Water Wisely

 

In a summer in which we are experiencing less than usual rainfall, I want to take a few moments to share some thoughts on watering. Butternut Gardens is located in a suburban neighborhood. Lawn and landscape irrigation systems abound and we have purchased water supply. I, too, have a lawn and landscape irrigation system in place on my home growing site, but not on my other growing site. The home irrigation system is rarely used here. In fact, I have used it only 3 times this growing season when plants looked truly in need. It might be because I grew up using a well that I treat water with a huge bit of respect. It might be my instinctively frugal nature that makes me appreciate a lot of the things many take for granted. Then again, it might be that I was a child of parents who lived through war years, which included rationing for the common good and I still believe in assisting the common good. Or it could be that as a child I watched reservoir levels hit highs and lows and I watched a river, which flowed by our house, too, reach floodwater highs and trickling lows. Just because it comes from a faucet doesn’t mean it doesn’t come from SOMEWHERE.

 Straw mulch goes over certain newly-transplanted seedlings to help reduce watering need. White frost cover sits atop another row, also helping to reduce water strain on new transplants.

Straw mulch goes over certain newly-transplanted seedlings to help reduce watering need. White frost cover sits atop another row, also helping to reduce water strain on new transplants.

 

In my mind, water is precious. While my plants are certainly important I generally confine my outdoor watering of plants to the following situations.  First, when I plant seedlings into the garden rows, I water. It is important to have soil, water and plant roots make contact rather than have plant roots in contact with air, which makes up part of the soil complex. Water helps settle the soil and allows for this contact. During the first few weeks after transplant I am very vigilant when it comes to protecting the seedlings from drying out. At this stage they are quite prone to drying out since their root system is still developing, and not very deep into the ground,  and first leaves are very tender. So, during this very sensitive timeframe I usually water very gently to keep the soil moist. I also take a few other steps to reduce watering needs. The first is I try to time planting to coincide with an imminent rain, but not a heavy rain, which would do more harm than good. I also routinely cover my newly planted out seedlings with white frost cover fabric. This fabric is great for keeping critters from eating seedlings or un-sprouted seeds (if I have placed multiple seeds in each plug) and also is invaluable at moderating soil temperature changes and soil moisture changes. I highly recommend this step when you plant out home seedlings.  In addition, I am a mulch fanatic both for weed control and for the sake of keeping my soil moist.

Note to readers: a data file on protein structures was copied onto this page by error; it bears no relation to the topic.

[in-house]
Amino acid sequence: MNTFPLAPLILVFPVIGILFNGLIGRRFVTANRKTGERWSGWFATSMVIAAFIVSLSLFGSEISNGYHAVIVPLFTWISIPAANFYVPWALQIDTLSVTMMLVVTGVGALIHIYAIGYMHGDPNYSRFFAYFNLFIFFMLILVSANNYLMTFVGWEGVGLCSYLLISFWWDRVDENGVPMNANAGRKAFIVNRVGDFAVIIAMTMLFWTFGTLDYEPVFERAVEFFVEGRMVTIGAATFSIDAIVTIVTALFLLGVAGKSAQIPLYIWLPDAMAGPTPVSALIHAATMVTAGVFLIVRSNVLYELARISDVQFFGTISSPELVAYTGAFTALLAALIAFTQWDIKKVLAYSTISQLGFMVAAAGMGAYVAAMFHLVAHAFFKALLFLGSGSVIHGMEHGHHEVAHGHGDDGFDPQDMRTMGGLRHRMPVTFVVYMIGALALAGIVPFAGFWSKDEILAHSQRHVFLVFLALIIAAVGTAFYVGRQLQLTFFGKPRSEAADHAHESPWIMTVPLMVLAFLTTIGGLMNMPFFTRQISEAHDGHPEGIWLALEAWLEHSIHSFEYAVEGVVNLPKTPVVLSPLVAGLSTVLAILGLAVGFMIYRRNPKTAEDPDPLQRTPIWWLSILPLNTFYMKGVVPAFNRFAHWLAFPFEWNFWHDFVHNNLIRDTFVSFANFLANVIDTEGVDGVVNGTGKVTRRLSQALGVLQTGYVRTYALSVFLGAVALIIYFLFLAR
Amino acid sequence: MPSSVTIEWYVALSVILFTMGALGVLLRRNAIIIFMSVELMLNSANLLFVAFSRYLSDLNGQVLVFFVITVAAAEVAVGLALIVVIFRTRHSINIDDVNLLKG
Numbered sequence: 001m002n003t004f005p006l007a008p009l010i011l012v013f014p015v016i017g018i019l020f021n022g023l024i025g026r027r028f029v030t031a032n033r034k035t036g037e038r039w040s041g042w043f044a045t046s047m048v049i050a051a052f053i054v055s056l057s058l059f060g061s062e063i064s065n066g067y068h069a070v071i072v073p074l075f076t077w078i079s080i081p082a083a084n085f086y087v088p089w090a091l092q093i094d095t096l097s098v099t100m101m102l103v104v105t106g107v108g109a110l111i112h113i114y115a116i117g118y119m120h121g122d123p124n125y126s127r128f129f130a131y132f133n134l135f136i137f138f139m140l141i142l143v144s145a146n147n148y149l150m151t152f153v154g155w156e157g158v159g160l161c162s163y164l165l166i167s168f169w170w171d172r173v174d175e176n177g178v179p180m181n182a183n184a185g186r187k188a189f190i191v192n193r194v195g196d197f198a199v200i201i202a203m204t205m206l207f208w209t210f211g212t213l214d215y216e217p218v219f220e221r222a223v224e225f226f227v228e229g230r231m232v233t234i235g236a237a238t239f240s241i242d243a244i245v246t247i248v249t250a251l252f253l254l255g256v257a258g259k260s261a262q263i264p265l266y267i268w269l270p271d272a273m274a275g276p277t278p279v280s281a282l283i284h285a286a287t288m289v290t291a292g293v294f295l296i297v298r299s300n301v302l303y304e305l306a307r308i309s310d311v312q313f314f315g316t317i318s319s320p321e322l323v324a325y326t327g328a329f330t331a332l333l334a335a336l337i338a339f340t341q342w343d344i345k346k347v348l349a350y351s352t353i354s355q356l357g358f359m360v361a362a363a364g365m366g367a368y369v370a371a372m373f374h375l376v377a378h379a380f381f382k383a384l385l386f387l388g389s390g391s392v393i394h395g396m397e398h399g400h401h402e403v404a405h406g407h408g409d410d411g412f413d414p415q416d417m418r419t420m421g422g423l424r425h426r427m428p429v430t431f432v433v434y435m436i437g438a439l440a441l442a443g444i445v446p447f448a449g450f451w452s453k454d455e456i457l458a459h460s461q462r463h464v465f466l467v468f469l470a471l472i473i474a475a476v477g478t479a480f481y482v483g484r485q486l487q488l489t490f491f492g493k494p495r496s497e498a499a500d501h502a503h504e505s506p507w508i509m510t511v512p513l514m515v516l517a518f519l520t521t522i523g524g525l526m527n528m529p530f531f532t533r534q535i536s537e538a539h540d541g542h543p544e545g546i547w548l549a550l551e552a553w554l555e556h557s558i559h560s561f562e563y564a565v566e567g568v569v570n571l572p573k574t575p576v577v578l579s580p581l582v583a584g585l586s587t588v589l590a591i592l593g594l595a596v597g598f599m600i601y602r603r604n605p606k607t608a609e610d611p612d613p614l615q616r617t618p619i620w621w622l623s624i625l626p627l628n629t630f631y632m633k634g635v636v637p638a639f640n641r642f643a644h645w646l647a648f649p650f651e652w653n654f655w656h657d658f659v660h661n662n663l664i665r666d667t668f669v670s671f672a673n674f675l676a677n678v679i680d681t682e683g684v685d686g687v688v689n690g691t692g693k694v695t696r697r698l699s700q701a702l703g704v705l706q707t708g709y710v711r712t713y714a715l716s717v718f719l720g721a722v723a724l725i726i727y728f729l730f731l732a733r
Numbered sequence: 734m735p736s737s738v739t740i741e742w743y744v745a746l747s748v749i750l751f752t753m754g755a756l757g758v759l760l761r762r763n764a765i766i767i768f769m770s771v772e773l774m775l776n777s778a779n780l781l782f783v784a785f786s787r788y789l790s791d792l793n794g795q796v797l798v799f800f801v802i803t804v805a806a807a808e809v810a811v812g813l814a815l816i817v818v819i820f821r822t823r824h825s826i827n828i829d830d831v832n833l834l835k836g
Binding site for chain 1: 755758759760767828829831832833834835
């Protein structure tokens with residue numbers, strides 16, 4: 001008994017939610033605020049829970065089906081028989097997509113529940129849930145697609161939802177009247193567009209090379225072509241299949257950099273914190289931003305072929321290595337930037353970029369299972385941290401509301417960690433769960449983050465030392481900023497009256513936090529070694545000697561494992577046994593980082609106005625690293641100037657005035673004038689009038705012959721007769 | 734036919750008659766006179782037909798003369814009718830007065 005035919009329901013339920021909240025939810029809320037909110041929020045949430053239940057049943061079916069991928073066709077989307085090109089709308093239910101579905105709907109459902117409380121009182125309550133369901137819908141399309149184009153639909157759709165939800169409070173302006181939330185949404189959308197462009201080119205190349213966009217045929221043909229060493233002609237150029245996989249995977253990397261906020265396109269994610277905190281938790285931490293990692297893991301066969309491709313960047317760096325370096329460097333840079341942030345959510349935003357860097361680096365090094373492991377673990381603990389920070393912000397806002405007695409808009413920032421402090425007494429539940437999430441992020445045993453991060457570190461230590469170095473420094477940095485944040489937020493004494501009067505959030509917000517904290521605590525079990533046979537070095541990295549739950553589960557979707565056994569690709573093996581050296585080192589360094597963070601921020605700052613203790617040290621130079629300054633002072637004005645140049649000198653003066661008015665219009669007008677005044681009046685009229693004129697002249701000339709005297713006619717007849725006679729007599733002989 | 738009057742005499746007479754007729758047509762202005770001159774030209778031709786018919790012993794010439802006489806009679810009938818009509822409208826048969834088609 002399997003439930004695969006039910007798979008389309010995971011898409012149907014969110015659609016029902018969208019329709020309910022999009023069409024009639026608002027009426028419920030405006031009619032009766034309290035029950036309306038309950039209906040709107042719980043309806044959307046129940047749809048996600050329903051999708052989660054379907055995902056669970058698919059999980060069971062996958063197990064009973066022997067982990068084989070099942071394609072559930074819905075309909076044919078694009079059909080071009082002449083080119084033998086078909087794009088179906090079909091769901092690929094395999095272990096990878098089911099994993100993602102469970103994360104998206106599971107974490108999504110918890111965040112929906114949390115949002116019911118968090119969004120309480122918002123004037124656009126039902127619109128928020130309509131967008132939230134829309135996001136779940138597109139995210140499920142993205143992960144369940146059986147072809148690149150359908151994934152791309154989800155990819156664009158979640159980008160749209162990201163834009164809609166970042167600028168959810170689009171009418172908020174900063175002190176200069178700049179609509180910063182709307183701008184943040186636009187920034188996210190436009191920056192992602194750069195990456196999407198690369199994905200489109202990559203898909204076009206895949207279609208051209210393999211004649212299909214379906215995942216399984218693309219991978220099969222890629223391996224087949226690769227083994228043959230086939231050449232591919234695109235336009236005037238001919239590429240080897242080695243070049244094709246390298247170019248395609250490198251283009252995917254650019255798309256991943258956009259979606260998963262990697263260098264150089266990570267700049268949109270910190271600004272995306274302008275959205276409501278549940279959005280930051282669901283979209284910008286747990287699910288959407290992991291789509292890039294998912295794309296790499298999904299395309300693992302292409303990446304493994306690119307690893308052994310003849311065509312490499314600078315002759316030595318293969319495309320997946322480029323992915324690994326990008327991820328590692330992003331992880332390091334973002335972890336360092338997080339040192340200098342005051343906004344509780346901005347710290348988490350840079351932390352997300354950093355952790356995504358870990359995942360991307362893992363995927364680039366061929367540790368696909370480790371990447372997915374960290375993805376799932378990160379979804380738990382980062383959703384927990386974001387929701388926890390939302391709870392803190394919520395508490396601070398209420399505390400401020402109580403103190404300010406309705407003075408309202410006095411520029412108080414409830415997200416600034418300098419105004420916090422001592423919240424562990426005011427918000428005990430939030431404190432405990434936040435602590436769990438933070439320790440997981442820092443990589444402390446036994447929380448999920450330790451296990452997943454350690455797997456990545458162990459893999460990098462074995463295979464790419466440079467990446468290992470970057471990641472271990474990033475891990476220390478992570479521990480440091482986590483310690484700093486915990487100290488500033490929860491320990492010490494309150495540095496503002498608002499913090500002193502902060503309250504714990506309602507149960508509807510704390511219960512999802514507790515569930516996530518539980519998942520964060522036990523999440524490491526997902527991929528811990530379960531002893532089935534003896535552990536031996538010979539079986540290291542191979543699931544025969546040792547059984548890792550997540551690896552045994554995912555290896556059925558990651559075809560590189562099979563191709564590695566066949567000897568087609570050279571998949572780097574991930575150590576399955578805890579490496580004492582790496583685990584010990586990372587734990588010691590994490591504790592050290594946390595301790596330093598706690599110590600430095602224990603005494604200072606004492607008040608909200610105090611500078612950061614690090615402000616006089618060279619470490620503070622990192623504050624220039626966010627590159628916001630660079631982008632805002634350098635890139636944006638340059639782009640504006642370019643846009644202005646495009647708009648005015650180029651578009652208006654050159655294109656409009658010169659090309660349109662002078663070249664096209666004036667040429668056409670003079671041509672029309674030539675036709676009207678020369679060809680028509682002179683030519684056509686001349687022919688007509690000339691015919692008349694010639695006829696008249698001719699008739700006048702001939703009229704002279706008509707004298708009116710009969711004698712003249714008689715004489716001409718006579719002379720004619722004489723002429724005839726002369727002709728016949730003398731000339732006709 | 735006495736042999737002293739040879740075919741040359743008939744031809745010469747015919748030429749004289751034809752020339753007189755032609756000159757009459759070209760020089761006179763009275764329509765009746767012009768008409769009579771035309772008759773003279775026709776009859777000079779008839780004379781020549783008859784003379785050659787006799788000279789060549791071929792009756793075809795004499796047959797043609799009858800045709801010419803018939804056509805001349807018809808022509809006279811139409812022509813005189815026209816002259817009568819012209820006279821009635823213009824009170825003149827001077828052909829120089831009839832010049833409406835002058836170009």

Spot watering of plants, which exhibit greater water stress is one of my watering techniques.